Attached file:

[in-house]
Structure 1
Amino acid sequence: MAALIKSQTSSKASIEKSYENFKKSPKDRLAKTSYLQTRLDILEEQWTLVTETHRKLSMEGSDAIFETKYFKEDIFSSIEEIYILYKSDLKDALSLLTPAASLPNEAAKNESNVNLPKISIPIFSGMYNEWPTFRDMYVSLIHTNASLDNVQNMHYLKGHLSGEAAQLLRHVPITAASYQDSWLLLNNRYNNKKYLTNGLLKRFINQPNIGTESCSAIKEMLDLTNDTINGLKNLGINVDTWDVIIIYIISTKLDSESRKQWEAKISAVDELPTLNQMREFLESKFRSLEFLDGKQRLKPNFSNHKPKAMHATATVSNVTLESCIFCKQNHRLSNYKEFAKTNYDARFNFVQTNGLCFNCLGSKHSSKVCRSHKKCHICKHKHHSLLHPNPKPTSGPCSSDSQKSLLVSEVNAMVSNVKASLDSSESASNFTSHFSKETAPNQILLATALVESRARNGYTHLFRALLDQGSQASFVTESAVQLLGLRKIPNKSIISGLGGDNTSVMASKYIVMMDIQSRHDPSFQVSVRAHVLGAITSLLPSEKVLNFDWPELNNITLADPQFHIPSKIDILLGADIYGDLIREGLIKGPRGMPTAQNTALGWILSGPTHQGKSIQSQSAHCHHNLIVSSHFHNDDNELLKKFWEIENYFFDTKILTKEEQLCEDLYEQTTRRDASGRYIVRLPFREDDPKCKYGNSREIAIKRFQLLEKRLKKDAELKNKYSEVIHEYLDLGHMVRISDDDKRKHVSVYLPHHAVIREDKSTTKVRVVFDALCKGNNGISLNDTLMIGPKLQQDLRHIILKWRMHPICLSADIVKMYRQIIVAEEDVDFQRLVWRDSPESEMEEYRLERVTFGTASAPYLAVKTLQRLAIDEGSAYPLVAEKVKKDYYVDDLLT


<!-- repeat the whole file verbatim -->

[in-house]
Structure 1
Amino acid sequence: MAALIKSQTSSKASIEKSYENFKKSPKDRLAKTSYLQTRLDILEEQWTLVTETHRKLSMEGSDAIFETKYFKEDIFSSIEEIYILYKSDLKDALSLLTPAASLPNEAAKNESNVNLPKISIPIFSGMYNEWPTFRDMYVSLIHTNASLDNVQNMHYLKGHLSGEAAQLLRHVPITAASYQDSWLLLNNRYNNKKYLTNGLLKRFINQPNIGTESCSAIKEMLDLTNDTINGLKNLGINVDTWDVIIIYIISTKLDSESRKQWEAKISAVDELPTLNQMREFLESKFRSLEFLDGKQRLKPNFSNHKPKAMHATATVSNVTLESCIFCKQNHRLSNYKEFAKTNYDARFNFVQTNGLCFNCLGSKHSSKVCRSHKKCHICKHKHHSLLHPNPKPTSGPCSSDSQKSLLVSEVNAMVSNVKASLDSSESASNFTSHFSKETAPNQILLATALVESRARNGYTHLFRALLDQGSQASFVTESAVQLLGLRKIPNKSIISGLGGDNTSVMASKYIVMMDIQSRHDPSFQVSVRAHVLGAITSLLPSEKVLNFDWPELNNITLADPQFHIPSKIDILLGADIYGDLIREGLIKGPRGMPTAQNTALGWILSGPTHQGKSIQSQSAHCHHNLIVSSHFHNDDNELLKKFWEIENYFFDTKILTKEEQLCEDLYEQTTRRDASGRYIVRLPFREDDPKCKYGNSREIAIKRFQLLEKRLKKDAELKNKYSEVIHEYLDLGHMVRISDDDKRKHVSVYLPHHAVIREDKSTTKVRVVFDALCKGNNGISLNDTLMIGPKLQQDLRHIILKWRMHPICLSADIVKMYRQIIVAEEDVDFQRLVWRDSPESEMEEYRLERVTFGTASAPYLAVKTLQRLAIDEGSAYPLVAEKVKKDYYVDDLLT